The score stays at 1-1.
Instagram winner: Dead heat
Much like Instagram both teams use Facebook for much the same goals. Game highlights, pictures and videos as well as a mixture of organic and paid-for content.
There are some differences though. The Golden State Warriors provide all of the above with the addition of third-party articles and videos, namely from the NBA and NBC Sports Bay Area / California. This would indicate that they’re happy for their Facebook to be a curation of different media from more than just their own editorial team.
The Warriors also focus very heavily on video as a way to interact with their audience.
This curation is good from a fan perspective as not only does it keep their feed fresh but also adds variation to team voice – shifting away from a potentially ego-centric approach. It clearly works for them as some of these posts and articles are their most shared and liked, like this piece from Time about Kevin Durant:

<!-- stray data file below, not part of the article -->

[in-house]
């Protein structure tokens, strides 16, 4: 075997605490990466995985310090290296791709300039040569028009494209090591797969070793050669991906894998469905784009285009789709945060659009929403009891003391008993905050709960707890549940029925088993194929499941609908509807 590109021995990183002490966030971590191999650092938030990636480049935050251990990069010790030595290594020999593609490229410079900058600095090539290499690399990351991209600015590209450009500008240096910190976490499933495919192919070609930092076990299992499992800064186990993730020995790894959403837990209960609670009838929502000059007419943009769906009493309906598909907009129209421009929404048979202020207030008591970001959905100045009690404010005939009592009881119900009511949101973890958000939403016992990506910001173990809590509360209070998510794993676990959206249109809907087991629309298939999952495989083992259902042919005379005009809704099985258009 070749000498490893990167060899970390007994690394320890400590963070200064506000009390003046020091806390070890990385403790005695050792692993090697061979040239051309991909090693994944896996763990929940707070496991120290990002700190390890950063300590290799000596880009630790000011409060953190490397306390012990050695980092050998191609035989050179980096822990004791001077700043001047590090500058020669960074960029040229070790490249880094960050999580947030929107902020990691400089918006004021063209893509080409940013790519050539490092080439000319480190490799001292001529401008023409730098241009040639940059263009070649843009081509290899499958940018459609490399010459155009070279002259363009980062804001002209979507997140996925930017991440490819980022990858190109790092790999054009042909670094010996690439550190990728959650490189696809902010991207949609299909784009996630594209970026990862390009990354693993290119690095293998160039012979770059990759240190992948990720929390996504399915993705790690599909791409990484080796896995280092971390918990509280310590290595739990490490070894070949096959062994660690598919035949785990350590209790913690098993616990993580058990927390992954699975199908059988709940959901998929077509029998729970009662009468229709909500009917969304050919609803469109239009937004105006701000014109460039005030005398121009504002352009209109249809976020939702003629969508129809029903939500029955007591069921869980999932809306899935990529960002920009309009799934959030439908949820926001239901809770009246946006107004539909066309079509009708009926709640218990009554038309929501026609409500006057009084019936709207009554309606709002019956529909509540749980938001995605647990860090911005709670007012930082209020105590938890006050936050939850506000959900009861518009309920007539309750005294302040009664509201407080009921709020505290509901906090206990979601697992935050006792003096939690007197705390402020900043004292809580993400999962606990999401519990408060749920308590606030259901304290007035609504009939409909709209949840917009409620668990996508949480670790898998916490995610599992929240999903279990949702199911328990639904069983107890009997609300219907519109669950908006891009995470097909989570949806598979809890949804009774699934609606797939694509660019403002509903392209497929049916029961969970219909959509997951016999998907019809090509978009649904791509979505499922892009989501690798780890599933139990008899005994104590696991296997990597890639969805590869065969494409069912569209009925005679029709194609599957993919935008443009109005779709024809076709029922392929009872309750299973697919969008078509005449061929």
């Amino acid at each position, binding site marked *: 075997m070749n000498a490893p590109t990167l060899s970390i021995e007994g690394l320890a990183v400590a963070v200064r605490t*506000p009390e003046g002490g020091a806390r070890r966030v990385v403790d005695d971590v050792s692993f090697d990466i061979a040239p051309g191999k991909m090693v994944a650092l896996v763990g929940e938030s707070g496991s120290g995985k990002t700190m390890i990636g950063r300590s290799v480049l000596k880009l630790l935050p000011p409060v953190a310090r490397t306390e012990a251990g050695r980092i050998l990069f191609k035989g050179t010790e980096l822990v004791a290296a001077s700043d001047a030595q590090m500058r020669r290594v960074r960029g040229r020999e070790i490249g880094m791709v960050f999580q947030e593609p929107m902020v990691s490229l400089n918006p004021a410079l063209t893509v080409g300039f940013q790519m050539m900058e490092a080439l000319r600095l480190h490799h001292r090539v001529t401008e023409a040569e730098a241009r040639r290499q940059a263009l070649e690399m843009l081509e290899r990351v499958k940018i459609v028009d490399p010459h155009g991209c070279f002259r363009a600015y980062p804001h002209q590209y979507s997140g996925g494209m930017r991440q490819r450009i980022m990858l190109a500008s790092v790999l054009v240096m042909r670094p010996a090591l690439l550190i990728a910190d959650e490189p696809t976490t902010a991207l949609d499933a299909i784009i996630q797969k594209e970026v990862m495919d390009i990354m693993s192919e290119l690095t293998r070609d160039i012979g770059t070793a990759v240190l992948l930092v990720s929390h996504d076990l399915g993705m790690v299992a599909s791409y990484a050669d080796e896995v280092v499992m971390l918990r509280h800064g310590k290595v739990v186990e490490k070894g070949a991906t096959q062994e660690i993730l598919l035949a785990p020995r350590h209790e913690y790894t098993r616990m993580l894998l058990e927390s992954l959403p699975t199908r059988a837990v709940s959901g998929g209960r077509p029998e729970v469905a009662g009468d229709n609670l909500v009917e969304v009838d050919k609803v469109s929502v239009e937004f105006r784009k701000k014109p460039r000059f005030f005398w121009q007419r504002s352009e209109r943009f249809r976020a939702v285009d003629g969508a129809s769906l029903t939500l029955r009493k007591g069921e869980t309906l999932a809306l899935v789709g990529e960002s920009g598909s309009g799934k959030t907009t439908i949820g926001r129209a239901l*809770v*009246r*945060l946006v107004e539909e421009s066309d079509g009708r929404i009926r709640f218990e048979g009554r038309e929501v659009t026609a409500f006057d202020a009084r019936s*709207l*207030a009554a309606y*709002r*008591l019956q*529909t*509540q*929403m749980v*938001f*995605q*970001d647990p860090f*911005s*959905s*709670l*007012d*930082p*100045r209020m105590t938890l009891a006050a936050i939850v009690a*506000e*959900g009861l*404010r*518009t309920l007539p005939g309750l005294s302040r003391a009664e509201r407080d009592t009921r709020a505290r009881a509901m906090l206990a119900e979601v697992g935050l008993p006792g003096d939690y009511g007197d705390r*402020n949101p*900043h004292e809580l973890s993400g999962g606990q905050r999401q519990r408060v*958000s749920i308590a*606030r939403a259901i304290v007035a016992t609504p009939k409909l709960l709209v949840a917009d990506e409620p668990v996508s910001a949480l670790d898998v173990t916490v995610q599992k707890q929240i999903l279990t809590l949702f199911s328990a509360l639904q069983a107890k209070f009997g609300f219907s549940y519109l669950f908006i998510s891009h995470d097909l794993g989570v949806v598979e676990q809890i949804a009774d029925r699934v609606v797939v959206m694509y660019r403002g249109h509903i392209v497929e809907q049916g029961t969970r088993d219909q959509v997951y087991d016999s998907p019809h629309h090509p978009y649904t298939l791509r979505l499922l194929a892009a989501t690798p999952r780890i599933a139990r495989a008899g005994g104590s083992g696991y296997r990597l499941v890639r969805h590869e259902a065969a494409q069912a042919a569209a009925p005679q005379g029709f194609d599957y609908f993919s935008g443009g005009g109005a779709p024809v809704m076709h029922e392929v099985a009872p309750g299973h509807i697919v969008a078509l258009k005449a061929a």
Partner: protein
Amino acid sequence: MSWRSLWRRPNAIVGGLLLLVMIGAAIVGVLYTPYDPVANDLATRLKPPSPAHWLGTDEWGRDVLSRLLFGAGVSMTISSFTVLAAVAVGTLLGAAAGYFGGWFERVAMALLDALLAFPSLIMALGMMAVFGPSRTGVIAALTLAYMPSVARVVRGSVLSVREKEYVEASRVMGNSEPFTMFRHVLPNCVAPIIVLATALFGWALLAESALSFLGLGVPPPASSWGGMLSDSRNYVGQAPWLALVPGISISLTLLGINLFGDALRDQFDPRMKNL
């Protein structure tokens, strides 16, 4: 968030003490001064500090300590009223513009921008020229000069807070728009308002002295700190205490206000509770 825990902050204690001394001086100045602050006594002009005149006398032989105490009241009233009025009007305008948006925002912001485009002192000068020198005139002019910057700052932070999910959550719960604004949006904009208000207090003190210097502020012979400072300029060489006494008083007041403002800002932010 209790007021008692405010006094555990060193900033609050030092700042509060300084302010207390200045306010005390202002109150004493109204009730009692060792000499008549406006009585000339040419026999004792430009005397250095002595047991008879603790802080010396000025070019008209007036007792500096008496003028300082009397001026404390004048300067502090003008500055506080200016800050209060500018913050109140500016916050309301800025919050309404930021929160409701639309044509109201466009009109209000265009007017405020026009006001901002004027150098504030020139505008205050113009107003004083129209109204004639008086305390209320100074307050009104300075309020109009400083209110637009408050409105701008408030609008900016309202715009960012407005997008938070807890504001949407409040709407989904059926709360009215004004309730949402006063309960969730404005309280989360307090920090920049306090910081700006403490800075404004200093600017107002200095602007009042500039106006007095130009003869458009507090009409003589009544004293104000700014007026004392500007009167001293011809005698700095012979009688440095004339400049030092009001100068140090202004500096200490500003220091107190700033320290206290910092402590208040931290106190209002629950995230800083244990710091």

The Cavs do share some third-party content as well, but a lot more sparingly than the Warriors, which may suggest that they’re a lot more cautious about having a consistent tone of voice on the platform, even when it comes to shared articles.
Cleveland does a lot of mentioning partners and although these posts hardly get that many Likes or shares, it’s all additional exposure for the Cavs as anyone searching for their favourite brands on Facebook, like Budweiser or Jeep for instance, will be able to easily associate their brand with the sports team.
These franchise sponsors only feature on the paid social posts, which all tend to offer different and creative content. This means their feed isn’t strictly basketball – see partner content like this from Georgio’s Oven Fresh Pizzas.